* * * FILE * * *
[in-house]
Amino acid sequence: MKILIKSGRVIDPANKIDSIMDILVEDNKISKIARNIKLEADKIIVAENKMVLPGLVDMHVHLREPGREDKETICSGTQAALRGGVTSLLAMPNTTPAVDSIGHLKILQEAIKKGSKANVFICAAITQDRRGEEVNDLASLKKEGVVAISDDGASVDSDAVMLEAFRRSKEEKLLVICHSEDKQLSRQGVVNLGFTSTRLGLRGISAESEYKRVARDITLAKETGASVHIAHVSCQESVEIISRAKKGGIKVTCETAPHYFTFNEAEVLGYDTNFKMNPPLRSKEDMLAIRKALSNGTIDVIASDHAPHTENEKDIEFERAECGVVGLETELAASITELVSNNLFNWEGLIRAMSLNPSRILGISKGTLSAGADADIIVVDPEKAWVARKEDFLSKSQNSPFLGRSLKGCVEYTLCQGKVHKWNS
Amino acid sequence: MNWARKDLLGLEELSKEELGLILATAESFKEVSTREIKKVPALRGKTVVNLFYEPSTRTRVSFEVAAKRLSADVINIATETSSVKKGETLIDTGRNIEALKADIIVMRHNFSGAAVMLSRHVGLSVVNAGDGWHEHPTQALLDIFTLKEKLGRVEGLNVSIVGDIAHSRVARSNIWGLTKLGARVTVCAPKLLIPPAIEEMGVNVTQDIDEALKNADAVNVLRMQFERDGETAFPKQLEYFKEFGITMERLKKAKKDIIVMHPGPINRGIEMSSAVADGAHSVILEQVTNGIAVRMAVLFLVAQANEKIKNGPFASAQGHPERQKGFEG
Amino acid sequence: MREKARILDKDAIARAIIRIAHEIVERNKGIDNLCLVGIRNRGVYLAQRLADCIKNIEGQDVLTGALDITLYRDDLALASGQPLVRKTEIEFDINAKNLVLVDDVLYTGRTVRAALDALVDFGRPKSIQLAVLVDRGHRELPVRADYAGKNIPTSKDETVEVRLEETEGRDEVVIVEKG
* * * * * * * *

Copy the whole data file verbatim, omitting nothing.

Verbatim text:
[in-house]
Amino acid sequence: MKILIKSGRVIDPANKIDSIMDILVEDNKISKIARNIKLEADKIIVAENKMVLPGLVDMHVHLREPGREDKETICSGTQAALRGGVTSLLAMPNTTPAVDSIGHLKILQEAIKKGSKANVFICAAITQDRRGEEVNDLASLKKEGVVAISDDGASVDSDAVMLEAFRRSKEEKLLVICHSEDKQLSRQGVVNLGFTSTRLGLRGISAESEYKRVARDITLAKETGASVHIAHVSCQESVEIISRAKKGGIKVTCETAPHYFTFNEAEVLGYDTNFKMNPPLRSKEDMLAIRKALSNGTIDVIASDHAPHTENEKDIEFERAECGVVGLETELAASITELVSNNLFNWEGLIRAMSLNPSRILGISKGTLSAGADADIIVVDPEKAWVARKEDFLSKSQNSPFLGRSLKGCVEYTLCQGKVHKWNS
Amino acid sequence: MNWARKDLLGLEELSKEELGLILATAESFKEVSTREIKKVPALRGKTVVNLFYEPSTRTRVSFEVAAKRLSADVINIATETSSVKKGETLIDTGRNIEALKADIIVMRHNFSGAAVMLSRHVGLSVVNAGDGWHEHPTQALLDIFTLKEKLGRVEGLNVSIVGDIAHSRVARSNIWGLTKLGARVTVCAPKLLIPPAIEEMGVNVTQDIDEALKNADAVNVLRMQFERDGETAFPKQLEYFKEFGITMERLKKAKKDIIVMHPGPINRGIEMSSAVADGAHSVILEQVTNGIAVRMAVLFLVAQANEKIKNGPFASAQGHPERQKGFEG
Amino acid sequence: MREKARILDKDAIARAIIRIAHEIVERNKGIDNLCLVGIRNRGVYLAQRLADCIKNIEGQDVLTGALDITLYRDDLALASGQPLVRKTEIEFDINAKNLVLVDDVLYTGRTVRAALDALVDFGRPKSIQLAVLVDRGHRELPVRADYAGKNIPTSKDETVEVRLEETEGRDEVVIVEKG